Bob Tschirhart, deputy head of the Particle Physics Division, wrote this column.
The Particle Physics Division is deep in magnetic successes and challenges. Our science goals call for MRI-medical-quality magnets as wide as a basketball court for the Muon g-2 experiment and magnets of unprecedented strength and size that must operate in harsh radiation environments for the Mu2e experiment.
After an intense campaign that culminated in June, the Muon g-2 team established a clear path to full performance and initially cooled the 50-foot-wide electromagnet ring down to the low temperatures required for superconductivity. In parallel, the Mu2e magnet teams are working closely with industry and have recently operated prototype magnets at high performance, which bodes well for this Fermilab-industry partnership. Kudos to the Muon g-2 and Mu2e teams, which span the expertise of the Accelerator, Particle Physics and Technical divisions, for commissioning and developing these amazing superconducting magnets!
Meanwhile at CERN, the Large Hadron Collider is back in operation at twice the collision energy of the first run, which discovered the Higgs boson. The Particle Physics Division is engaged in many aspects of the CMS experiment, and we are on the edge of our seats in anticipation of Run II. The early CMS commissioning data for Run II is looking great. The heart of the CMS detector is a large and very powerful superconducting magnet that is currently dealing with an infection of contaminants in the liquid helium, which is the life-blood of superconducting magnets. At these very low temperatures and high performance, even a tiny whiff of air is enough to cause a fever that hampers long-term operation of the magnet. CERN and CMS are working day and night to attack this contamination so that CMS and the worldwide program can optimally access the science promise of Run II.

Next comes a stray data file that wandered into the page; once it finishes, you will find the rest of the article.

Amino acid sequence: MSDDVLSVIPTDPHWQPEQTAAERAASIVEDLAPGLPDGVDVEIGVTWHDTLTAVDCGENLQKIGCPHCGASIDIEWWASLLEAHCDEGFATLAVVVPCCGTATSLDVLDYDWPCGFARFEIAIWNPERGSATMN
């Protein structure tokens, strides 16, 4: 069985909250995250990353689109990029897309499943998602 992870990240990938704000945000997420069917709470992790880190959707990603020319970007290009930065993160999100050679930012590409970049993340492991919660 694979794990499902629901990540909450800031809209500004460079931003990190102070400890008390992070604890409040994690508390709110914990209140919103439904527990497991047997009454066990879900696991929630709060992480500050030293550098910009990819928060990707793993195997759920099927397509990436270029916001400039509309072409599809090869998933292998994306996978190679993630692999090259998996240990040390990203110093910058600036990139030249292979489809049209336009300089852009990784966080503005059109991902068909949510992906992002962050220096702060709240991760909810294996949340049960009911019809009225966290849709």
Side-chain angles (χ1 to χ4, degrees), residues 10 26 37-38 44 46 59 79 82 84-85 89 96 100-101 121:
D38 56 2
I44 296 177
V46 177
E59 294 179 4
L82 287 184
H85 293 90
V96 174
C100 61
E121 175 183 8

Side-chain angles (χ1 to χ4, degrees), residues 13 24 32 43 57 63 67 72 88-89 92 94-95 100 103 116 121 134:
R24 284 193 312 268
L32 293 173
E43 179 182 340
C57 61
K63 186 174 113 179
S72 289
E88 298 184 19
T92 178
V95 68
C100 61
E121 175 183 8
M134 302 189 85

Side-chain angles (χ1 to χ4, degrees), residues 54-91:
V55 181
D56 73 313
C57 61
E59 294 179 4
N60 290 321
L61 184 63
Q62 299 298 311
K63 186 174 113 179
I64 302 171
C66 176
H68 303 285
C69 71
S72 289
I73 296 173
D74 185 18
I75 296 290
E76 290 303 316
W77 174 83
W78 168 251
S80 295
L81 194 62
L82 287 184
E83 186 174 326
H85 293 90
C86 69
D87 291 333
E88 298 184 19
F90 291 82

Magnets here, magnets there. The future of particle physics worldwide depends on ultracold “cryogenic” science and technologies critical to magnets, accelerator systems for the LCLS-II project and the PIP-II initiative, and detectors for neutrino science and cosmic science. If you flip through college catalogs, you will find precious few offering degrees in cryogenic science and technologies. Fermilab has a responsibility to U.S. particle physics to mentor and train junior engineers and technical staff in the exciting discipline of cryogenic science and technology. We are fortunate to have excellent senior engineers and technologists labwide who can serve the community in this way.
Particle Physics Division research in CMS, cosmic surveys, cosmic dark matter searches, detector R&D, muon science and, yes, theoretical physics depends critically on continued excellence in cryogenic science and technologies. We must achieve this with constrained budgets in the context of the larger vision of a flagship neutrino program. We can achieve this through close collaboration throughout the laboratory, the U.S. program and the broader international community. Doing so will continue to grow the magnetic personality of Fermilab.